James J.O. Stone ’33, of Kingston, Mass.; May 30, after a long illness. A stockbroker for twenty-five years, he worked for such firms as Shearson Lehman Brothers and Salomon, Smith, Barney. He served on the boards of the Crescent Credit Union of Brockton, Mass., and the former Shawmut National Bank of Brockton. He was previously president and treasurer of Fraser’s department store for twenty years. He had been an assistant to the president of the Cary Maple Sugar Co. A lieutenant commander in the U.S. Navy, he was a receiving officer at the Naval Ammunition Depot at St. Julien’s Creek Naval Station in Virginia. He was president of the Retail Merchants Association, a director of the Chamber of Commerce, and chairman of the 1953 United Appeal fund drive. He was former president of the Kiwanis Club and a member of Thorny Lea Golf Club. He raised an autistic child and supported local mental-health services; he founded and chaired the board of the Sun House, a halfway house for mental patients. He also chaired an advisory board of the Massachusetts Department of Mental Health and Retardation. He is survived by his wife, Rose; two daughters; two sons, including Bradford ’79; and three grandchildren.
Hugh Neville Jr. ’34, of North Dartmouth, Mass.; April 29. He was founder and president of the former Anawan Plastics and Machine Corp., retiring in 1977. He also cofounded the Acme Neville Co. in Fall River, Mass. He was past president of the Fall River Kiwanis Club and past commodore of the Tiverton (R.I.) Yacht Club. He was a former member of the National Association of Plastic Engineers and the Southern New England Textile Association, as well as a member of King Philip Lodge (AF&AM), Fall River Country Club, Lanark Village Golf Club and Boat Club, and Pocassett Hilaman Golf Club. He is survived by two sons, a daughter, seven grandchildren, and thirteen great-grandchildren.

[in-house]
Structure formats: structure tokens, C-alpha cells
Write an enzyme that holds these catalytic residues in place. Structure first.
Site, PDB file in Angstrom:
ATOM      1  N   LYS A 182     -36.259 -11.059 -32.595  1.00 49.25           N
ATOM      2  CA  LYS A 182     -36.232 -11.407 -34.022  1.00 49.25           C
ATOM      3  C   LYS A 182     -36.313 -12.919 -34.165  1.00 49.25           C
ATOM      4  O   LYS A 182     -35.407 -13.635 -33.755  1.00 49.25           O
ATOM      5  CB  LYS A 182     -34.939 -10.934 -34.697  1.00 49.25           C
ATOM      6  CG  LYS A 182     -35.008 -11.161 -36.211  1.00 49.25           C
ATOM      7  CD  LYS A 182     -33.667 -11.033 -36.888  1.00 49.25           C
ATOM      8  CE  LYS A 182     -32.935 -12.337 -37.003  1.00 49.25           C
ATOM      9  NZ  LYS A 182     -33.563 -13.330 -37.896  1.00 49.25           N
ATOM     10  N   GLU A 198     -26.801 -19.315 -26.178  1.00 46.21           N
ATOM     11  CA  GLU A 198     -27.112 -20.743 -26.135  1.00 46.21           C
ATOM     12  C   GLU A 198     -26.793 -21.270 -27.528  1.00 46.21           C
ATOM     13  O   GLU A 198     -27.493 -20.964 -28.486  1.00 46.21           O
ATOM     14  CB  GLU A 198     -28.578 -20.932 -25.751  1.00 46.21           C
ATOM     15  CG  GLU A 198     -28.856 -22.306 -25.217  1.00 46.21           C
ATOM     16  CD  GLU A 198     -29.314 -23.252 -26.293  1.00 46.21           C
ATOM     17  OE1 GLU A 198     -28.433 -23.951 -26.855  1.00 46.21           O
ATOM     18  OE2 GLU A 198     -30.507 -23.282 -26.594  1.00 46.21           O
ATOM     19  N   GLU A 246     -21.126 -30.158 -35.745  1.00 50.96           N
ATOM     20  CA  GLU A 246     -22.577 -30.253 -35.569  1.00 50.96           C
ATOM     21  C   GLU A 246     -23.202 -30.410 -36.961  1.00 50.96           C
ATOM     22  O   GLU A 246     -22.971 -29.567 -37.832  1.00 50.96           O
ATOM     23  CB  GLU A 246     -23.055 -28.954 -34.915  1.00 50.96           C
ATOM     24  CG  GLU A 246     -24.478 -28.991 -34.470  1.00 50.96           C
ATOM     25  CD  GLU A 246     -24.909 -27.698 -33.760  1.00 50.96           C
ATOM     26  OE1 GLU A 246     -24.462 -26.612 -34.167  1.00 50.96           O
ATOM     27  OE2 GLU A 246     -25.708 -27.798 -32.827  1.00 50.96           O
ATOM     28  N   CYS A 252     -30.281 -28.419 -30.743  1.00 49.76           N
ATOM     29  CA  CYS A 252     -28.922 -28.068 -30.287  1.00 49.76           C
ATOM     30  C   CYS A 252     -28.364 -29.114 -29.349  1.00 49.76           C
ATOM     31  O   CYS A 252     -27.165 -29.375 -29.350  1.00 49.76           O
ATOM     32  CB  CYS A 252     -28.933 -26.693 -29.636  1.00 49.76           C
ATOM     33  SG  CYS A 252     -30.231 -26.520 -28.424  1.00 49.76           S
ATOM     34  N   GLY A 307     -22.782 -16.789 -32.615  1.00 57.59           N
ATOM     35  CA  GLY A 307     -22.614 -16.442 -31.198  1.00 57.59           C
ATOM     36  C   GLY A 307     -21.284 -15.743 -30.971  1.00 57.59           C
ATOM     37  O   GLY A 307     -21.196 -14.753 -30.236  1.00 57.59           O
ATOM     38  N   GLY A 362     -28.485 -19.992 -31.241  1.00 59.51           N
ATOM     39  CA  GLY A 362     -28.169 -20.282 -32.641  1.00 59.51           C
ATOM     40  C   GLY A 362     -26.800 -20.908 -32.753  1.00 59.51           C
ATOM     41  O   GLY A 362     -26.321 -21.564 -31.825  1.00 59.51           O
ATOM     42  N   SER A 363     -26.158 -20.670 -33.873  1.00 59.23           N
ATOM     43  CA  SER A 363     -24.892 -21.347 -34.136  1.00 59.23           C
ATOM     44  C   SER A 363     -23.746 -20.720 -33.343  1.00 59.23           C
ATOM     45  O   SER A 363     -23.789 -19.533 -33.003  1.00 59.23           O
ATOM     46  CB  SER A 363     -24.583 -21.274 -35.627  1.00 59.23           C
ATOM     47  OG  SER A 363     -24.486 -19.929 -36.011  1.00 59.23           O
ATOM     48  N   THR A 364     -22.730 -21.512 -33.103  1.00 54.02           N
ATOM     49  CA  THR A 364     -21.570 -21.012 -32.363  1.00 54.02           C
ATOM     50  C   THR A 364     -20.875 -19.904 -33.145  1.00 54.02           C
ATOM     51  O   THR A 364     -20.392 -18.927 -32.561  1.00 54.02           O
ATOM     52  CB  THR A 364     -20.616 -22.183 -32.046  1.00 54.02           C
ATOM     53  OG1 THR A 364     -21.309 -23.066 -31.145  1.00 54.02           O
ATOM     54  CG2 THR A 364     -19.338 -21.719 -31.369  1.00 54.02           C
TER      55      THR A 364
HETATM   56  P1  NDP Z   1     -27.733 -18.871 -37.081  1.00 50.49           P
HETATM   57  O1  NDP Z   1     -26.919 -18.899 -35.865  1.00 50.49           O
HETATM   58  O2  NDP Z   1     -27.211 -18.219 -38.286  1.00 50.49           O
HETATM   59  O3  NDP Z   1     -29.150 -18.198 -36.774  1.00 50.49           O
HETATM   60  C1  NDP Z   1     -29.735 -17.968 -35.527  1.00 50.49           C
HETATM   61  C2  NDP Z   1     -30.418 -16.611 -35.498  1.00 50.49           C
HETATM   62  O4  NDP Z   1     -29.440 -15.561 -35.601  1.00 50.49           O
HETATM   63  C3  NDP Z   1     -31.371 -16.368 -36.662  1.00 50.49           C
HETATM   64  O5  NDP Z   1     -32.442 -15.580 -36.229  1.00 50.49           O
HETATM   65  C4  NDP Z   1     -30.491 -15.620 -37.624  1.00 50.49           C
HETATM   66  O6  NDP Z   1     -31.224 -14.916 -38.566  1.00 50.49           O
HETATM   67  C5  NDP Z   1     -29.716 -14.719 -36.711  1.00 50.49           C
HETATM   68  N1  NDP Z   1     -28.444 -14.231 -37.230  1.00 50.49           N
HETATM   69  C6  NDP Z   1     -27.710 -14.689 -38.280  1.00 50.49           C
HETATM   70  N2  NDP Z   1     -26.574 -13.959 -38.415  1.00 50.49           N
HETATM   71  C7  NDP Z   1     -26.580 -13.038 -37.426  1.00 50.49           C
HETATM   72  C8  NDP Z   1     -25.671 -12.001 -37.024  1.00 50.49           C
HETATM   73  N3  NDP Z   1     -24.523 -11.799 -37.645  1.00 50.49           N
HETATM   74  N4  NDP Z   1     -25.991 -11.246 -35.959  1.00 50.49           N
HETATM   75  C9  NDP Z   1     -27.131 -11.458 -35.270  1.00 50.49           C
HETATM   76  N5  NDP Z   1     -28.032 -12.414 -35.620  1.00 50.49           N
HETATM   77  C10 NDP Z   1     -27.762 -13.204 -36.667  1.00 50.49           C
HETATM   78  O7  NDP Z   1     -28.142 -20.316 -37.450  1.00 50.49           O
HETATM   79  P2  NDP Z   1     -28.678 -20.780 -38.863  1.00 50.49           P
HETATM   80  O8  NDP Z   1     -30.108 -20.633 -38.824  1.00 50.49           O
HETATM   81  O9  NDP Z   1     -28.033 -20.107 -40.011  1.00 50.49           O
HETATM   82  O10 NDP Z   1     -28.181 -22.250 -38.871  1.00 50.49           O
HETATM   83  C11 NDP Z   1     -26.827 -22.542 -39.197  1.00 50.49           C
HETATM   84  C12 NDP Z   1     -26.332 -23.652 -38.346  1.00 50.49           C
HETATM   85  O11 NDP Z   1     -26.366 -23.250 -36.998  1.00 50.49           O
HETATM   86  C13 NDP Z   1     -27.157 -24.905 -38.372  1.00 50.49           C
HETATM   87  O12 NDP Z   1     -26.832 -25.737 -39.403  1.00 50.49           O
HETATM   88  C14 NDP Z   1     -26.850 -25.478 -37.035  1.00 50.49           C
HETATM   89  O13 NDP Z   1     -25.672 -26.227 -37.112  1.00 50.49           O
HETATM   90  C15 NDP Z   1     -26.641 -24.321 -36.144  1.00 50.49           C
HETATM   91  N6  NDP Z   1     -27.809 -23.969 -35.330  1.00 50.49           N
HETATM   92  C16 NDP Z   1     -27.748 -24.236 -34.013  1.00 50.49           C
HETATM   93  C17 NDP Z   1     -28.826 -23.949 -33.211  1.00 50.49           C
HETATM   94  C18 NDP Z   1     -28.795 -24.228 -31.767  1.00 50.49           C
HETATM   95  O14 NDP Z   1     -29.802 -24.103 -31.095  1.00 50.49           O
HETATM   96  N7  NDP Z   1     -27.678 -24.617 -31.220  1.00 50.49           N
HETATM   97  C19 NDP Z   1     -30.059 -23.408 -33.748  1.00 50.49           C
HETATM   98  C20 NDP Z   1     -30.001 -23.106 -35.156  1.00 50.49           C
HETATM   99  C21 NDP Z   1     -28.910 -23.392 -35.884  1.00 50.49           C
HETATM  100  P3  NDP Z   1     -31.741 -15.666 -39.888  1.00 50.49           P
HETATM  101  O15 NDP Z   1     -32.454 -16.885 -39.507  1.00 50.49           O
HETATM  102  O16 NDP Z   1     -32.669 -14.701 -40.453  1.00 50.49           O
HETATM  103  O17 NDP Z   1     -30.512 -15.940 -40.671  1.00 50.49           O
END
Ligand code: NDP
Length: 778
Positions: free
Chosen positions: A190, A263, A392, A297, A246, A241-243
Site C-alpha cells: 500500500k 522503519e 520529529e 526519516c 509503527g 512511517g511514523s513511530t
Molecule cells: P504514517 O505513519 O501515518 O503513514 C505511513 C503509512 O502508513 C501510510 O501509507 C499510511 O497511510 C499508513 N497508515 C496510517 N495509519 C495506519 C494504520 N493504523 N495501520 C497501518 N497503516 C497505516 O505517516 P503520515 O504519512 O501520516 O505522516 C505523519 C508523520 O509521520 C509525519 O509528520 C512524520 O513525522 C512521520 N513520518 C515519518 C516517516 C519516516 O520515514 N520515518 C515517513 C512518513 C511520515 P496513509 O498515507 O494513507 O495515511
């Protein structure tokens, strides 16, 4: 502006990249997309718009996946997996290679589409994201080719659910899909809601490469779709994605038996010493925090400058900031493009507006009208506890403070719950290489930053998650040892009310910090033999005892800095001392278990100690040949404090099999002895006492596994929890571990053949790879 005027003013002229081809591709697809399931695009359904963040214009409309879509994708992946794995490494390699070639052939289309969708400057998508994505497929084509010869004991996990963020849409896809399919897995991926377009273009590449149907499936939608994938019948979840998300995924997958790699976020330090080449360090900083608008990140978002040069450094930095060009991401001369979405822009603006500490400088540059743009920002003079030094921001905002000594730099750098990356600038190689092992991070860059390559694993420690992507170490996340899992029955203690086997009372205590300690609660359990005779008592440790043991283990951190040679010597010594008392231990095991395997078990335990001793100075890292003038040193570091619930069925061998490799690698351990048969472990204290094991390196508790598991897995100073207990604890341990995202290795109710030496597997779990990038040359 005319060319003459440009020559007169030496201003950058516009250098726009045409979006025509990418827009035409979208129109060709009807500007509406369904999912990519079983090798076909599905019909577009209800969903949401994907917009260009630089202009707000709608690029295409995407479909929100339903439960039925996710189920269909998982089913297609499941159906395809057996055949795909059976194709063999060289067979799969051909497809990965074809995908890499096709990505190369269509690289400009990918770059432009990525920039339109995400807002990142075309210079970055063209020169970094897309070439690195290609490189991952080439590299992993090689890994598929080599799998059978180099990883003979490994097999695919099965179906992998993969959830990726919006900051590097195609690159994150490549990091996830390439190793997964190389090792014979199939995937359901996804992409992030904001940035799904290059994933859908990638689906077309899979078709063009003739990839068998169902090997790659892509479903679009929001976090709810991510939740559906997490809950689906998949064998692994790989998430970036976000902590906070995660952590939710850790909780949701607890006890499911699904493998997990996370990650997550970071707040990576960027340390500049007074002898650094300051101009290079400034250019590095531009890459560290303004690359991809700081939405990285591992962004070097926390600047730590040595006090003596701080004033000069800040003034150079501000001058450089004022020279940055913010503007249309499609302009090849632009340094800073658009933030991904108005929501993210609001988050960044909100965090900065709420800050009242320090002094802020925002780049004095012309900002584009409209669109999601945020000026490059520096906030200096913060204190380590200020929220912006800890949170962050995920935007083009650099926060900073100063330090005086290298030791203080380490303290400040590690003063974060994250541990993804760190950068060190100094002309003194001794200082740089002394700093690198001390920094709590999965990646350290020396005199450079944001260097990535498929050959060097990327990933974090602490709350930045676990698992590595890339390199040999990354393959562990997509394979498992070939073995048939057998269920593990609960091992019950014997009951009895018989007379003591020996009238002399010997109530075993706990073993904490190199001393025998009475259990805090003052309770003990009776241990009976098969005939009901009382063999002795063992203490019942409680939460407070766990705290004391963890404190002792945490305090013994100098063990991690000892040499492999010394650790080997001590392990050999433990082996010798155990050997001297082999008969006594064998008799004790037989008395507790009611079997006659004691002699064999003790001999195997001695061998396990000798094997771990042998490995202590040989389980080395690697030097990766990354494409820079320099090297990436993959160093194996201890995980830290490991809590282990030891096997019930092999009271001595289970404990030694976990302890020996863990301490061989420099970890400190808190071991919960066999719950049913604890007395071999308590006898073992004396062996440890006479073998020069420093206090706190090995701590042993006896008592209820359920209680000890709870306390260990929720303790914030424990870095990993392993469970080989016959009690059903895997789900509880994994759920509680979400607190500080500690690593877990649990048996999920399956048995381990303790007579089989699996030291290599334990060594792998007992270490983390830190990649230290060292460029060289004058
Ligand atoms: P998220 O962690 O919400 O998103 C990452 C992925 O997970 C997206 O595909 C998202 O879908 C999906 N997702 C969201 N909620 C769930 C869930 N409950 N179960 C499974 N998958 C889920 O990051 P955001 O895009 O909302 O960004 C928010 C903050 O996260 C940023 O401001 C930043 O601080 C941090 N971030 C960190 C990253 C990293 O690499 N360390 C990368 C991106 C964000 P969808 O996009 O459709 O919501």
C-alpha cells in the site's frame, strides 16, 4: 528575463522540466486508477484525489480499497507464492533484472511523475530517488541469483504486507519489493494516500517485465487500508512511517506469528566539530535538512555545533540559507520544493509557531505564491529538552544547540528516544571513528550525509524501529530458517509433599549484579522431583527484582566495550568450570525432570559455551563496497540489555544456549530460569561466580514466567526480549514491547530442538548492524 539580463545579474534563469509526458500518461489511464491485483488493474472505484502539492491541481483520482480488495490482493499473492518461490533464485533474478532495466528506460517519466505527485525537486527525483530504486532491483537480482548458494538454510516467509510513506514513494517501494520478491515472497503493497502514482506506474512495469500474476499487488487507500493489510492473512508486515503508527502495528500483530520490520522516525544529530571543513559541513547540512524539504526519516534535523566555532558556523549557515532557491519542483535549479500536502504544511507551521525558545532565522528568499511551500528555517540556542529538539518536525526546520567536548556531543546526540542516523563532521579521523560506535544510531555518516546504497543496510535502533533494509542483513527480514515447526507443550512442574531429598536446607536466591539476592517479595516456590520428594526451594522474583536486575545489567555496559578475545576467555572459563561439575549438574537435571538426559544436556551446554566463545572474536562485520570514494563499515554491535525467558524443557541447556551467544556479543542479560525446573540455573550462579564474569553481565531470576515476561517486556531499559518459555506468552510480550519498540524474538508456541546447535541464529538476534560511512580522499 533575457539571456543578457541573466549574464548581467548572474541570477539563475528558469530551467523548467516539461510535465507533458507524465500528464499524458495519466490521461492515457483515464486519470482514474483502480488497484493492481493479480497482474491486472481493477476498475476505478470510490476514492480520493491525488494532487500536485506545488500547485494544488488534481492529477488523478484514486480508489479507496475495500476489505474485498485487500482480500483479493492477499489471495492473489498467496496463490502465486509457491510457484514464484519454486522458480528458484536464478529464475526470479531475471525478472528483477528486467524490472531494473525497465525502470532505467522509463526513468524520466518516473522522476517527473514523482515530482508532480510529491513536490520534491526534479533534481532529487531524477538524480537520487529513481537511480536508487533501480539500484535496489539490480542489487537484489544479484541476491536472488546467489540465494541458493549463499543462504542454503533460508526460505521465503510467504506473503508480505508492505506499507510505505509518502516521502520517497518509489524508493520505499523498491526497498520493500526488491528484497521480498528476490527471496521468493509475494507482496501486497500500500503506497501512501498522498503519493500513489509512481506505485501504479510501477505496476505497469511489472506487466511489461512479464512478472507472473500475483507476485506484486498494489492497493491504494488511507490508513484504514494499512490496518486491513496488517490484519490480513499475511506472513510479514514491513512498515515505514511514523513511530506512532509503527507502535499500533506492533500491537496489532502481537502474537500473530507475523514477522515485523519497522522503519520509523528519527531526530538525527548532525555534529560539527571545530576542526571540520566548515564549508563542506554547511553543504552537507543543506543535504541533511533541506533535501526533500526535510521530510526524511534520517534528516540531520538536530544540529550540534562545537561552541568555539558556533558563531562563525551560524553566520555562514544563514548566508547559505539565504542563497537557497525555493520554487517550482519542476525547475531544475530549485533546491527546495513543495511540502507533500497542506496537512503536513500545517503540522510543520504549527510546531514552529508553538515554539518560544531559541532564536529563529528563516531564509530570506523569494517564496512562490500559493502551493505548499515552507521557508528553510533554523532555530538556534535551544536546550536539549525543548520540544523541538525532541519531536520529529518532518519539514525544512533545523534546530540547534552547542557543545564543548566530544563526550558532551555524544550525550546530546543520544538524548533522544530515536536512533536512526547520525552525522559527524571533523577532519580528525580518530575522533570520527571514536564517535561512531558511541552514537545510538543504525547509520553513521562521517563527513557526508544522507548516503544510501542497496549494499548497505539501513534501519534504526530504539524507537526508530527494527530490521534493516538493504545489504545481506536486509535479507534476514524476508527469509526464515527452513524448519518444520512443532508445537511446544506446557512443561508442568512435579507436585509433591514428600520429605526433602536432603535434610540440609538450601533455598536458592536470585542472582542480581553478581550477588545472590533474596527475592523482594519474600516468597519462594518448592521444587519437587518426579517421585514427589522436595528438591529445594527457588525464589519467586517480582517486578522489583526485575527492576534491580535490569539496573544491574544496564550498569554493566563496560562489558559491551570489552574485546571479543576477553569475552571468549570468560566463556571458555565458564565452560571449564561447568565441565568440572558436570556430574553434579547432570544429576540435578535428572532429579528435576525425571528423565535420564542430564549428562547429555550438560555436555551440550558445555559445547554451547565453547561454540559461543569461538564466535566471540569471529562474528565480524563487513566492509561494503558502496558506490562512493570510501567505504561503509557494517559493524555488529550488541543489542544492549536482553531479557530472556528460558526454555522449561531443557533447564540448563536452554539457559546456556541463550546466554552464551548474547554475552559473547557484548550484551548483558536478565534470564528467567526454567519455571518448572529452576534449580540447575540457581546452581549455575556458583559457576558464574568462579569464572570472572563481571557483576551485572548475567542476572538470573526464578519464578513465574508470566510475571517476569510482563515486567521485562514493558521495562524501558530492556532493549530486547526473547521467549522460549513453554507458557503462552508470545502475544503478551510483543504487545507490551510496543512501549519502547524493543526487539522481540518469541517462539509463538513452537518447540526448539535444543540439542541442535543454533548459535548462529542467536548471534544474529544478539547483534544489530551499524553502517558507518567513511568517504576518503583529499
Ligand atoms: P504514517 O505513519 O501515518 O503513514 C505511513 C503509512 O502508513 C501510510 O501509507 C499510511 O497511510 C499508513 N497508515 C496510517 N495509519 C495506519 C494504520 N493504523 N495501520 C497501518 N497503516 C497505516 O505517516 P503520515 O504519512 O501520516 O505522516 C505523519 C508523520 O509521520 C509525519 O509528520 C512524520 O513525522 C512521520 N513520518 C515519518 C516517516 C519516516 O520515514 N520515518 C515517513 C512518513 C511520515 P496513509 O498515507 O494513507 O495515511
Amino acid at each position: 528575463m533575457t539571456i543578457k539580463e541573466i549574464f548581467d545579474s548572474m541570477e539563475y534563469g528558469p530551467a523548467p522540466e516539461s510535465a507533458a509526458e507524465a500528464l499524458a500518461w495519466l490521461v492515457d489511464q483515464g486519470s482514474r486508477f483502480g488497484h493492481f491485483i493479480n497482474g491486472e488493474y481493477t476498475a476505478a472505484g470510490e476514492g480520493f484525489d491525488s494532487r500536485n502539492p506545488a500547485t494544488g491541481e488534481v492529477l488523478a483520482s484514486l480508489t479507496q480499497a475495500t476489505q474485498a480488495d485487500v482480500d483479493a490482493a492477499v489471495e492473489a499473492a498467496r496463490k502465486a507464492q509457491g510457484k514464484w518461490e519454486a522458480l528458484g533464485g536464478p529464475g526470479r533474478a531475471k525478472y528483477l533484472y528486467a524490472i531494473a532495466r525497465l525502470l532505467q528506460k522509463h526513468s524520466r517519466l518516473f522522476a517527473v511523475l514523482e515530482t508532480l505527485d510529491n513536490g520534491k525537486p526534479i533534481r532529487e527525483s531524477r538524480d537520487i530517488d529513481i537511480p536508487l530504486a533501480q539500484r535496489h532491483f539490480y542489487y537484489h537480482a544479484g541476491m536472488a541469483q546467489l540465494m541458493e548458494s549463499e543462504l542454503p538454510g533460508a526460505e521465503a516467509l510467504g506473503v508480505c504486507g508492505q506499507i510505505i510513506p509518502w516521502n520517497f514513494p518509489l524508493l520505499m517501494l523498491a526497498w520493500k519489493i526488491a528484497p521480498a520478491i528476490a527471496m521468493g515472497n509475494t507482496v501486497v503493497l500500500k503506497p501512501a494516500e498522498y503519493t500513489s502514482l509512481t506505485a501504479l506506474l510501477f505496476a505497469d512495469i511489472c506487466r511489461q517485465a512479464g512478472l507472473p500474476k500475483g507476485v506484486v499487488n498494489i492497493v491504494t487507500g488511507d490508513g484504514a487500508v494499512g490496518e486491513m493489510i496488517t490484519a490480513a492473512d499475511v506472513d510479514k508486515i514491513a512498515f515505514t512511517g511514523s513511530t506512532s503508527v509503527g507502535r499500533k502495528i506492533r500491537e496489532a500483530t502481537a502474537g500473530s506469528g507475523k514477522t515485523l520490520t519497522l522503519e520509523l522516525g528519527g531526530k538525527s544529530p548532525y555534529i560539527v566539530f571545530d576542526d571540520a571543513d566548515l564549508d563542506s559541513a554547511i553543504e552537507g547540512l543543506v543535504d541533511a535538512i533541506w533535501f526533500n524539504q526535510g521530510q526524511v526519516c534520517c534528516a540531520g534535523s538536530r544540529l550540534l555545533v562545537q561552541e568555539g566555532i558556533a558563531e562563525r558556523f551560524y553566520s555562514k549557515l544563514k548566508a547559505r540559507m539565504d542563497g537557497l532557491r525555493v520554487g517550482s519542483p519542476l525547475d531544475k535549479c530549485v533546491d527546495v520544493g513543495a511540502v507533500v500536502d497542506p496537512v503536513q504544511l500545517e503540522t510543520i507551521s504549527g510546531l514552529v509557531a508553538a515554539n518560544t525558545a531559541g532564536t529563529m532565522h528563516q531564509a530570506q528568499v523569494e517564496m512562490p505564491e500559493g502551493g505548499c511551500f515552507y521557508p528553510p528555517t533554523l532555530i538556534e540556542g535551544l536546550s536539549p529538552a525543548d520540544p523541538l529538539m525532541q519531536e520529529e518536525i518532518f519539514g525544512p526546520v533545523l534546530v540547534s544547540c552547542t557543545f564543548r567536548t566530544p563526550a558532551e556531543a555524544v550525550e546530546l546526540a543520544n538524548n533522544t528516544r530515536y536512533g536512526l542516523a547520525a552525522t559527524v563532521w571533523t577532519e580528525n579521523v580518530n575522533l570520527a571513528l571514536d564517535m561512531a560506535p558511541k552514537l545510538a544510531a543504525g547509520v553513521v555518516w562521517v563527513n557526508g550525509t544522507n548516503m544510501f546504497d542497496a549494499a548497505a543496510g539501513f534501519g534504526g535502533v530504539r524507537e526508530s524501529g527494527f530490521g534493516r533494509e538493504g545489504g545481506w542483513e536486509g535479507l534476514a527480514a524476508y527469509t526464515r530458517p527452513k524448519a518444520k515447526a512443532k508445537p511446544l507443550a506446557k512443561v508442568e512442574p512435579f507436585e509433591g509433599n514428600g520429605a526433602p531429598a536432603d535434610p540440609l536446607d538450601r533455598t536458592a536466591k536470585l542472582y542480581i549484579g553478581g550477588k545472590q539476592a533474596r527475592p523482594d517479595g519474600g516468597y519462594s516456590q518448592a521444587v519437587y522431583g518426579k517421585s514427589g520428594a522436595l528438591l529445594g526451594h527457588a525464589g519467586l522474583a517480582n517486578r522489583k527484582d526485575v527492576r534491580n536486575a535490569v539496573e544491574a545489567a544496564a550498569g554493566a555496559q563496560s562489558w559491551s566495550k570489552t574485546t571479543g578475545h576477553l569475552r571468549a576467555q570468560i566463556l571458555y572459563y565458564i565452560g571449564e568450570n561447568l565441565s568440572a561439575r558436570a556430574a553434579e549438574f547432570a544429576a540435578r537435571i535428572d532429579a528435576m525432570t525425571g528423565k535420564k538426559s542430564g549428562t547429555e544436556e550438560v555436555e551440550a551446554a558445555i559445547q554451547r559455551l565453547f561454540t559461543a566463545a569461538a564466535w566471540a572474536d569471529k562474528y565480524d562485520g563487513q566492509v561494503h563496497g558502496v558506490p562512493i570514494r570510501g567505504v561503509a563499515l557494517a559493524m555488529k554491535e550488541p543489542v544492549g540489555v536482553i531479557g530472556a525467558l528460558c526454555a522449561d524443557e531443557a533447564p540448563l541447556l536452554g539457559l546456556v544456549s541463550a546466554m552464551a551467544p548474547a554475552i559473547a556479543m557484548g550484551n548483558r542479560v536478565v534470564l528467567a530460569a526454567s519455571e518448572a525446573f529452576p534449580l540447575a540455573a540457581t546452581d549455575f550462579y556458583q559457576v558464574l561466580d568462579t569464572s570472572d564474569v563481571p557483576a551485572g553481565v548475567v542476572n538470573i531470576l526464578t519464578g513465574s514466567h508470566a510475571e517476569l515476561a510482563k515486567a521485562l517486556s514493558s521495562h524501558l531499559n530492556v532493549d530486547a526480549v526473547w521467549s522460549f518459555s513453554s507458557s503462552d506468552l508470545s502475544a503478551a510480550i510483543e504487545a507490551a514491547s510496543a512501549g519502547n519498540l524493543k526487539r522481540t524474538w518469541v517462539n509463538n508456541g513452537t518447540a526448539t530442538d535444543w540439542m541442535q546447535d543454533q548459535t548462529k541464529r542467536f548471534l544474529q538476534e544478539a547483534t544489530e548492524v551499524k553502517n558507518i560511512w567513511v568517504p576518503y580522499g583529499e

Howard D. Segool ’35, of Amherst, Mass.; April 30. He was an engineering professor at the Univ. of Massachusetts at Amherst from 1965 until he retired in 1979. He established and ran a liaison program between the university and industry. He previously worked in the chemical industry and moved to Chicago in 1950 to work in the field of pipeline corrosion protection. One of four founding members of the Jewish Community of Amherst, he was its second president. He is survived by his wife, Dorothy Abeshaus Segool ’35; a daughter; a son; and five grandchildren.
Marion Hall Goff ’36, of Swansea, Mass.; June 15. During World War II she worked in the bond department of the former Rhode Island Hospital Trust Bank and volunteered for the American Red Cross. She sang in the choir and served as church secretary at First Christian Congregational Church, where she was also a former deacon. She was an associate member of Beneficent Congregational Church. She was active in the Brown Alumni Association and was a former member of the Fall River (Mass.) Women’s Club, the Swansea Garden Club, and the Swansea Historical Society. She is survived by two sons, including Bert ’67; a daughter; six grandchildren; two step-grandchildren; five step-great-grandchildren; and two brothers.
Henry E. Rabin ’36, of Newport Beach, Calif.; Feb. 17. A rabbi, he served for fifteen years as executive director of the Los Angeles Hillel Council, where he supervised Hillel at forty colleges, before retiring to become a certified marriage, family, and child counselor. He maintained a private counseling practice for many years and was instrumental in starting the peer-counseling program at the Southern California Counseling Center. He was previously Hillel director at colleges in the Los Angeles area for twenty years. He wrote two books of Jewish humor and coauthored five. He coached such tennis players as world-ranked Leslie Hunt and his nationally ranked granddaughter Kimberly Singer ’06 in the mental side of the game. At Brown he played tennis for four years. Phi Beta Kappa. He is survived by two daughters, including Melanie Singer, 10 Torrey Pines Ln., Newport Beach 92660; and five grandchildren, including Kimberly and Brian Singer ’04.
Priscilla Bryant ’37, ’38 A.M., of Wilmington, Del.; Aug. 16, 2001. She was a retired French teacher.
Dorine Laudati Linnane ’37, of Cranston, R.I.; May 7. She taught library science in Cranston public schools for eighteen years until she retired in 1981. She was a member of the Greater Providence Teachers Association, the Rhode Island Retired Teachers Association, the American Federation of Teachers, and the Delta Kappa Gamma Educational Society. She was a member of the Mount Pleasant Senior Citizens Association and the Cranston Senior Center. She is survived by two sons, four grandchildren, two great-grandchildren, and three sisters, including Marie Laudati D’Avanzo ’43 and Elaine Laudati Regine ’45.